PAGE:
I think several states are struggling with this. There's a number of
states where you have a Democratic governor, Republican AG, a
Republican governor, a Democratic AG, and you have one party or the
other deciding to sign on to the Florida lawsuit and their compliment
saying, "No, no, no. We're not going to allow that," or "We're going to
sign on the other side."
I think it remains to be seen exactly how this dynamic between
governors and AGs is dealt with, because most states do have a fairly
independent AG. I just was in Minnesota for the Easter holiday, and
they have that exact same situation: A Republican governor, a
Democratic AG, and they way they settled it out was there was
independent power for the AG to at least file an amicus brief. It was
less clear that they could actually bring the entire state into the
suit. And, there was independent power for the governor to do an amicus
brief without the AG's consent, but it was less clear whether they
could actually sign on to the entire suit.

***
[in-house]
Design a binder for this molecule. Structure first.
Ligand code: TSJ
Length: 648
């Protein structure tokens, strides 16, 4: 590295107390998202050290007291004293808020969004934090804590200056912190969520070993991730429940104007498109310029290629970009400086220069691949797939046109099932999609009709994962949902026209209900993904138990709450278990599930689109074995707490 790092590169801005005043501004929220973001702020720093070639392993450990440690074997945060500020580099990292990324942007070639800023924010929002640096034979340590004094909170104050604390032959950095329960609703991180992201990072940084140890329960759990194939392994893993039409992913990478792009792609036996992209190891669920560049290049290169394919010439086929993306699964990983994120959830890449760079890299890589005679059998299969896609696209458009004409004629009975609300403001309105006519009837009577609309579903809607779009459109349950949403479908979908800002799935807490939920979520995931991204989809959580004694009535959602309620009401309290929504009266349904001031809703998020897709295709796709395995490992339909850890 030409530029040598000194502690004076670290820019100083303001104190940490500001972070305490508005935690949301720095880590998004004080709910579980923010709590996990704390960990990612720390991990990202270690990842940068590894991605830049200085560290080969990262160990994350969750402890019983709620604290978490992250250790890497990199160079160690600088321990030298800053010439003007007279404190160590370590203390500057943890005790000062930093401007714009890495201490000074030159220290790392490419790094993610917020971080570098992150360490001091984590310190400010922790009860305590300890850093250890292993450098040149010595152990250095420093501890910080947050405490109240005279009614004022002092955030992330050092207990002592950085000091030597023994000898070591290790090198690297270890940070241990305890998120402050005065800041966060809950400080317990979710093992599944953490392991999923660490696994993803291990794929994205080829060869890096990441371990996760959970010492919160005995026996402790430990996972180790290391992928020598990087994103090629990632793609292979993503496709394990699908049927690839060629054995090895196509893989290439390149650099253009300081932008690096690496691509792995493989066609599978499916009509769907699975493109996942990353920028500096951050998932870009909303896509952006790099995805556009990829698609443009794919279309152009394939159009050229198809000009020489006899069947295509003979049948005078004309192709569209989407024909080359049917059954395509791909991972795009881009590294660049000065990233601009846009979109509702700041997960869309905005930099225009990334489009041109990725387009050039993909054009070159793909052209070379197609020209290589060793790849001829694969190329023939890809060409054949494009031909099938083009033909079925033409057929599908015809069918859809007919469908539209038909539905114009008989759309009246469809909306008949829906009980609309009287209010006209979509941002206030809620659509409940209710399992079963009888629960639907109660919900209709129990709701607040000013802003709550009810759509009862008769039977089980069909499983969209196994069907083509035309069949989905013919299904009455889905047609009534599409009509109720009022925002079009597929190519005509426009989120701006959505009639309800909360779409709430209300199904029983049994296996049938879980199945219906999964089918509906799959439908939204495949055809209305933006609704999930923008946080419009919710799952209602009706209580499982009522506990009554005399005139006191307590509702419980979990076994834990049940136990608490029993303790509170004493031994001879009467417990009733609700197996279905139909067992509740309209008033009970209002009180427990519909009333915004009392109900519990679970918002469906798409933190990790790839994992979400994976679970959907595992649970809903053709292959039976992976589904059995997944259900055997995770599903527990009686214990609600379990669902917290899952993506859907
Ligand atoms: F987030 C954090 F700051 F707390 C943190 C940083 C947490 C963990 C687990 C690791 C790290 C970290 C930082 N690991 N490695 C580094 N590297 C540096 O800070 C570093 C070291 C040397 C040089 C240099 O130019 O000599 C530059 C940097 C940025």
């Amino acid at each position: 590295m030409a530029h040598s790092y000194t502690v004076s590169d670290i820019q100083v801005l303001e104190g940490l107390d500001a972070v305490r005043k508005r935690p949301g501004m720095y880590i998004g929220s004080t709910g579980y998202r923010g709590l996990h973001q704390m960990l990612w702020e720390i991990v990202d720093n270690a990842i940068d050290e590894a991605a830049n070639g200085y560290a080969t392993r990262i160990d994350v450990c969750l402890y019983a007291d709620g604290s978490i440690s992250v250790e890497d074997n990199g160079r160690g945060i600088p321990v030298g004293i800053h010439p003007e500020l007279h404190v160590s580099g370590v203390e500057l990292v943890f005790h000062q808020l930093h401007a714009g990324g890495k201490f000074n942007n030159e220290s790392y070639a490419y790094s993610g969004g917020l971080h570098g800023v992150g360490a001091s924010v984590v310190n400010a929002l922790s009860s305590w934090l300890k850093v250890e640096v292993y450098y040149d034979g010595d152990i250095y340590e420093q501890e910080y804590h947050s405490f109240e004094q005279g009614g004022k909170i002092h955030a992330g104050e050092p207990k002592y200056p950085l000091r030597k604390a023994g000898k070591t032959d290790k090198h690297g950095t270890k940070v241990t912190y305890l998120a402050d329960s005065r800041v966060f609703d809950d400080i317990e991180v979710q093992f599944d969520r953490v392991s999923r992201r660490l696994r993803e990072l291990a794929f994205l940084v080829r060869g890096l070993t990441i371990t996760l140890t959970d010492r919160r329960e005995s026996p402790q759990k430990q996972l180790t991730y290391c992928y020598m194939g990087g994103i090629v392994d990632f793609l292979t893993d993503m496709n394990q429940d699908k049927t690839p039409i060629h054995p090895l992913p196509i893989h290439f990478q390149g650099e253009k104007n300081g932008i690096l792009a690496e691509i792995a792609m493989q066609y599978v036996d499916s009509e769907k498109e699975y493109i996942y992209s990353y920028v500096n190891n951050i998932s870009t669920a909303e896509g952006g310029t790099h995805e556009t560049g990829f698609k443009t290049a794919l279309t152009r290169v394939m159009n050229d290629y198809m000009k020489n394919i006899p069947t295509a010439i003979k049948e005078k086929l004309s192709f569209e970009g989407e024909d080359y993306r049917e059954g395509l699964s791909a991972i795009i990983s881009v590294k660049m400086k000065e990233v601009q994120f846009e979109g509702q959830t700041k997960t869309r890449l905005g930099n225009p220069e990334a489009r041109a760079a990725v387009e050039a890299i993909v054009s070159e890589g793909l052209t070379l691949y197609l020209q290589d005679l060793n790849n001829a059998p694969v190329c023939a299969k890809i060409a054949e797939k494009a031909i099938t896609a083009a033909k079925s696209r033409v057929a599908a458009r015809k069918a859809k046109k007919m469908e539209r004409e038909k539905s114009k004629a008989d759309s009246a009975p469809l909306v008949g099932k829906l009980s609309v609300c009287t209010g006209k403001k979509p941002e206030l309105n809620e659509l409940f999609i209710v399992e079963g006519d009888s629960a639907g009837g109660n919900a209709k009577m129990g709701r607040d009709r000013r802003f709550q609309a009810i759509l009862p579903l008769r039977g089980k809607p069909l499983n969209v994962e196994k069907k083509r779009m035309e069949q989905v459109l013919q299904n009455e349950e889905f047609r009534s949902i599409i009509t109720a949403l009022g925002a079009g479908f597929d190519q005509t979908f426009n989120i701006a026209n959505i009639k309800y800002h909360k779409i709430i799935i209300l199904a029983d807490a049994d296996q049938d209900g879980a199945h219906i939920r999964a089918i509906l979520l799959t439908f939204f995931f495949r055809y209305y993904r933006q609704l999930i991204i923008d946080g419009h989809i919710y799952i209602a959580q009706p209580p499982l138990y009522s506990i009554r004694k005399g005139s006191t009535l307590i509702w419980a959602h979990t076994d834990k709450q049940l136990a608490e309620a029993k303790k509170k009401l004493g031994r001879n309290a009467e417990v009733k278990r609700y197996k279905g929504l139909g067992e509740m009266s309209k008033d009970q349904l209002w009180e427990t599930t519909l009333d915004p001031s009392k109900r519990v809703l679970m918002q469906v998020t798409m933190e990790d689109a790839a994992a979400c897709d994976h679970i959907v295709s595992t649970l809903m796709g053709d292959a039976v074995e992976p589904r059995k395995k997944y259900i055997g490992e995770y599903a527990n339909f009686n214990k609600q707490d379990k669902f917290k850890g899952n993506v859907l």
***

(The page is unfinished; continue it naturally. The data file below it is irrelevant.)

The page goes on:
the upshot in the Minneapolis papers was that the AG said, "Hey, look.
You want to file an amicus brief, Governor Pawlenty? Go ahead. I'm
planning to file one on the other side. Neither of us can actually join
the suit, because we can't agree." Now, that may be a figment of
When is the next election?
And, of course, the wheels of justice move slowly. The next election may make a difference.
One other thing I would just add into the whole lawsuit mix that was
brought up at the law school panel on this that I thought was really
interesting is that there are actually questions about standing and
rightness that could suggest that maybe all of these lawsuits are
premature. No one has been injured yet.
And, questions about are the attorney generals the right people to be
bringing these lawsuits on behalf of states generally, or should it
more properly be individuals. I thought those were a couple of
We have time for one more question.
This might be a simple one. Will this have any impact on the Uniform Medical Plan?
We'll give that to Freddy.
A very good question. On the face of it, and from my understanding--not
really. We're not a Cadillac plan. We have already--there are no